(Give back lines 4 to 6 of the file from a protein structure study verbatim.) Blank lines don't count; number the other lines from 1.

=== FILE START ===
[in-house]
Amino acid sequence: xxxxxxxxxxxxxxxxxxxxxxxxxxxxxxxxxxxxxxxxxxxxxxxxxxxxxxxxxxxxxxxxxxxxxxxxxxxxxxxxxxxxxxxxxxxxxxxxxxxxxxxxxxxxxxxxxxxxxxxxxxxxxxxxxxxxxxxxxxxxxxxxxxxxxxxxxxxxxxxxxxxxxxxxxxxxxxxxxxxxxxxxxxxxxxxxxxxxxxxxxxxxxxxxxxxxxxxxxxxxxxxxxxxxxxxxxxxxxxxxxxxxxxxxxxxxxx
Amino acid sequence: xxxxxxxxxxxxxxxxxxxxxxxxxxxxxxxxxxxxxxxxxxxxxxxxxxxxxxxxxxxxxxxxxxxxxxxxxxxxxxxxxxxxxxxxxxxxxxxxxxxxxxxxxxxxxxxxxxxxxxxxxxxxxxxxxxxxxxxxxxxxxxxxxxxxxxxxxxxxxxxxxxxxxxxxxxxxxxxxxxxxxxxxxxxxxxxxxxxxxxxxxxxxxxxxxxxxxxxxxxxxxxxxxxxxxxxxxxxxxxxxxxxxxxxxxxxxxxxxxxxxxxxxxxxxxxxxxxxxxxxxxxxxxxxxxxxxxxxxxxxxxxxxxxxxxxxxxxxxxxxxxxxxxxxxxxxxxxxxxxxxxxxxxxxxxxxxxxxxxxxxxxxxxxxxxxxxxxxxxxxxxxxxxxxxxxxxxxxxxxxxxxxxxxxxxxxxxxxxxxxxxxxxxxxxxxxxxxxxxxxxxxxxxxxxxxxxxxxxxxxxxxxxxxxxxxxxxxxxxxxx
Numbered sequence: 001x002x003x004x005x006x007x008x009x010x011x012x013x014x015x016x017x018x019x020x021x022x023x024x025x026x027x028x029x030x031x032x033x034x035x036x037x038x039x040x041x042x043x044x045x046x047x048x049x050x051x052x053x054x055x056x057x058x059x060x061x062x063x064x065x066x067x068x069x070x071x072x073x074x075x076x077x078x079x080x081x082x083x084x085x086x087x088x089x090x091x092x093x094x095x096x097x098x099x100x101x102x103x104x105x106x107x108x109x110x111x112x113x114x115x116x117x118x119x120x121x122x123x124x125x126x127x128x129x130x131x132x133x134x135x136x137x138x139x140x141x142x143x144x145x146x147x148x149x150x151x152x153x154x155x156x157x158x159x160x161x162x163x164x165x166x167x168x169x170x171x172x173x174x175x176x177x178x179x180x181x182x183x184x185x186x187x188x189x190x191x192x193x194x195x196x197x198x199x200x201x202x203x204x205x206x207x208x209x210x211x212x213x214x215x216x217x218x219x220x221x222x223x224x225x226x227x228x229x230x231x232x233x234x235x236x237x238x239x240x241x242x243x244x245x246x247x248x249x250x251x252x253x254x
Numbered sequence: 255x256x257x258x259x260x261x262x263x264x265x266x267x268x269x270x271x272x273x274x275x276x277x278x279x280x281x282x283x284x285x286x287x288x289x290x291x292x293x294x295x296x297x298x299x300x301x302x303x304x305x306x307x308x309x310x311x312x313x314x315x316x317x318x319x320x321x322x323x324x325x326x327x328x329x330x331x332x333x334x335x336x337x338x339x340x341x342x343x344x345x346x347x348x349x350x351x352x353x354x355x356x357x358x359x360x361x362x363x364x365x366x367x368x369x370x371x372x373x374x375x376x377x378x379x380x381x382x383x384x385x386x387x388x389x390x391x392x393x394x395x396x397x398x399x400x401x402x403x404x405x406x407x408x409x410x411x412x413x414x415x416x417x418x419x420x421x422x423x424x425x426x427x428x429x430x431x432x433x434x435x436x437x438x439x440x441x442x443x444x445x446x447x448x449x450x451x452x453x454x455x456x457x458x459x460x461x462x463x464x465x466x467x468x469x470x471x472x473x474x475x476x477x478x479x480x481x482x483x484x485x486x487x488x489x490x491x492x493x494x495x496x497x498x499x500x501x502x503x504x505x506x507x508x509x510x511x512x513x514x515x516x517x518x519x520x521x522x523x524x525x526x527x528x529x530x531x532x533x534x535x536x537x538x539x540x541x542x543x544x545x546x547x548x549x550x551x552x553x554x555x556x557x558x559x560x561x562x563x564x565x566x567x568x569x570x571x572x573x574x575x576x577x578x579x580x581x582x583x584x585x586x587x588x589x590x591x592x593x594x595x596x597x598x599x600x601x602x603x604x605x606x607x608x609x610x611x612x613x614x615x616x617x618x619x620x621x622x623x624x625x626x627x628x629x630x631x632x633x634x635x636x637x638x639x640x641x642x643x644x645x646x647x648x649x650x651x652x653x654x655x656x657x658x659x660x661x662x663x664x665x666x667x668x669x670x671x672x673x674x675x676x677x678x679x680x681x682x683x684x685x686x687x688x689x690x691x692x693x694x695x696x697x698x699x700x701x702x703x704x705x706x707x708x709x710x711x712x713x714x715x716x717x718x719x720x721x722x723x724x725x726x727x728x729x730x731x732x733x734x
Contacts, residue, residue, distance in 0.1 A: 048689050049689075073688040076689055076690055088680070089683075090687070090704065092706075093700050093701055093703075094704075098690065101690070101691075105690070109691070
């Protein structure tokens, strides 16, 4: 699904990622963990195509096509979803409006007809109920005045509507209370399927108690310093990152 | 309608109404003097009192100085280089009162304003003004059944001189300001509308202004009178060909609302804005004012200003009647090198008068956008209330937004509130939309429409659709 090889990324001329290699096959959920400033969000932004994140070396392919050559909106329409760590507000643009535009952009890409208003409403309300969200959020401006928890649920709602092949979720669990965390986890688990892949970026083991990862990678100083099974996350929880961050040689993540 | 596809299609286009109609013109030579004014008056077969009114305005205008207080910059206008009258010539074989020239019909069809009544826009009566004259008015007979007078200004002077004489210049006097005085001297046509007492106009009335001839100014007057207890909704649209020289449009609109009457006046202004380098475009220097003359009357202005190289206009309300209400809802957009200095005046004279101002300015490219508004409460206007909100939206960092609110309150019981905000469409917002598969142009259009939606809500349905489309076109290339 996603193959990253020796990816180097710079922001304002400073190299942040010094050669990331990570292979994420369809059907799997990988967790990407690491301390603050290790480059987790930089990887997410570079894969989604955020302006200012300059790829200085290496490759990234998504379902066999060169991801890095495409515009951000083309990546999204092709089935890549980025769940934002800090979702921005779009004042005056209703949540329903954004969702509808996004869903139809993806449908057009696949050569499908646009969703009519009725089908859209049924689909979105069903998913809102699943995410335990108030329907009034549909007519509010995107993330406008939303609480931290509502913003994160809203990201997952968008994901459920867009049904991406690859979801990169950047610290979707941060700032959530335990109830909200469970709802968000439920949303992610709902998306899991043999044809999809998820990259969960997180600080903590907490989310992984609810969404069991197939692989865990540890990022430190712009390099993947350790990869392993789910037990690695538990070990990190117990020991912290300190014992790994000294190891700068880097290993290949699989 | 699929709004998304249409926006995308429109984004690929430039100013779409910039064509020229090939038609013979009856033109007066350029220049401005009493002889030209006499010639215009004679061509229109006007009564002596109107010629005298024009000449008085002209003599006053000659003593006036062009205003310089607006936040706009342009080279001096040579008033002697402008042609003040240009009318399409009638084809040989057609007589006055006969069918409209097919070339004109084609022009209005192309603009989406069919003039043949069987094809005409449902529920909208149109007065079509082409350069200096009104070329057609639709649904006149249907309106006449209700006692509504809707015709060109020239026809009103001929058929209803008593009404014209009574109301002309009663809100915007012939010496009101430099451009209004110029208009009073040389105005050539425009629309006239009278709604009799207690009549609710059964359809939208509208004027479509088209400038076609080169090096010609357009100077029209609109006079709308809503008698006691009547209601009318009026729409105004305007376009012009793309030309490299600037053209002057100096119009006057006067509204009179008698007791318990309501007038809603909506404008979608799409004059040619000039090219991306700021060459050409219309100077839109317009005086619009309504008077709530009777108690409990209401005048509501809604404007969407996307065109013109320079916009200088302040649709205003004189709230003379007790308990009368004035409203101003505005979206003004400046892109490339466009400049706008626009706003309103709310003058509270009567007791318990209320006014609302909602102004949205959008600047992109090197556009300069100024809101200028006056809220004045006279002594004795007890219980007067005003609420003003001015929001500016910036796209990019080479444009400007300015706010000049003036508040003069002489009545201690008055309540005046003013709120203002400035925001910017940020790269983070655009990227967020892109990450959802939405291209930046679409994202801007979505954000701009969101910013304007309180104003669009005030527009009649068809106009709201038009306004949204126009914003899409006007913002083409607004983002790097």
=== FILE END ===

Numbered sequence: 001x002x003x004x005x006x007x008x009x010x011x012x013x014x015x016x017x018x019x020x021x022x023x024x025x026x027x028x029x030x031x032x033x034x035x036x037x038x039x040x041x042x043x044x045x046x047x048x049x050x051x052x053x054x055x056x057x058x059x060x061x062x063x064x065x066x067x068x069x070x071x072x073x074x075x076x077x078x079x080x081x082x083x084x085x086x087x088x089x090x091x092x093x094x095x096x097x098x099x100x101x102x103x104x105x106x107x108x109x110x111x112x113x114x115x116x117x118x119x120x121x122x123x124x125x126x127x128x129x130x131x132x133x134x135x136x137x138x139x140x141x142x143x144x145x146x147x148x149x150x151x152x153x154x155x156x157x158x159x160x161x162x163x164x165x166x167x168x169x170x171x172x173x174x175x176x177x178x179x180x181x182x183x184x185x186x187x188x189x190x191x192x193x194x195x196x197x198x199x200x201x202x203x204x205x206x207x208x209x210x211x212x213x214x215x216x217x218x219x220x221x222x223x224x225x226x227x228x229x230x231x232x233x234x235x236x237x238x239x240x241x242x243x244x245x246x247x248x249x250x251x252x253x254x
Numbered sequence: 255x256x257x258x259x260x261x262x263x264x265x266x267x268x269x270x271x272x273x274x275x276x277x278x279x280x281x282x283x284x285x286x287x288x289x290x291x292x293x294x295x296x297x298x299x300x301x302x303x304x305x306x307x308x309x310x311x312x313x314x315x316x317x318x319x320x321x322x323x324x325x326x327x328x329x330x331x332x333x334x335x336x337x338x339x340x341x342x343x344x345x346x347x348x349x350x351x352x353x354x355x356x357x358x359x360x361x362x363x364x365x366x367x368x369x370x371x372x373x374x375x376x377x378x379x380x381x382x383x384x385x386x387x388x389x390x391x392x393x394x395x396x397x398x399x400x401x402x403x404x405x406x407x408x409x410x411x412x413x414x415x416x417x418x419x420x421x422x423x424x425x426x427x428x429x430x431x432x433x434x435x436x437x438x439x440x441x442x443x444x445x446x447x448x449x450x451x452x453x454x455x456x457x458x459x460x461x462x463x464x465x466x467x468x469x470x471x472x473x474x475x476x477x478x479x480x481x482x483x484x485x486x487x488x489x490x491x492x493x494x495x496x497x498x499x500x501x502x503x504x505x506x507x508x509x510x511x512x513x514x515x516x517x518x519x520x521x522x523x524x525x526x527x528x529x530x531x532x533x534x535x536x537x538x539x540x541x542x543x544x545x546x547x548x549x550x551x552x553x554x555x556x557x558x559x560x561x562x563x564x565x566x567x568x569x570x571x572x573x574x575x576x577x578x579x580x581x582x583x584x585x586x587x588x589x590x591x592x593x594x595x596x597x598x599x600x601x602x603x604x605x606x607x608x609x610x611x612x613x614x615x616x617x618x619x620x621x622x623x624x625x626x627x628x629x630x631x632x633x634x635x636x637x638x639x640x641x642x643x644x645x646x647x648x649x650x651x652x653x654x655x656x657x658x659x660x661x662x663x664x665x666x667x668x669x670x671x672x673x674x675x676x677x678x679x680x681x682x683x684x685x686x687x688x689x690x691x692x693x694x695x696x697x698x699x700x701x702x703x704x705x706x707x708x709x710x711x712x713x714x715x716x717x718x719x720x721x722x723x724x725x726x727x728x729x730x731x732x733x734x
Contacts, residue, residue, distance in 0.1 A: 048689050049689075073688040076689055076690055088680070089683075090687070090704065092706075093700050093701055093703075094704075098690065101690070101691075105690070109691070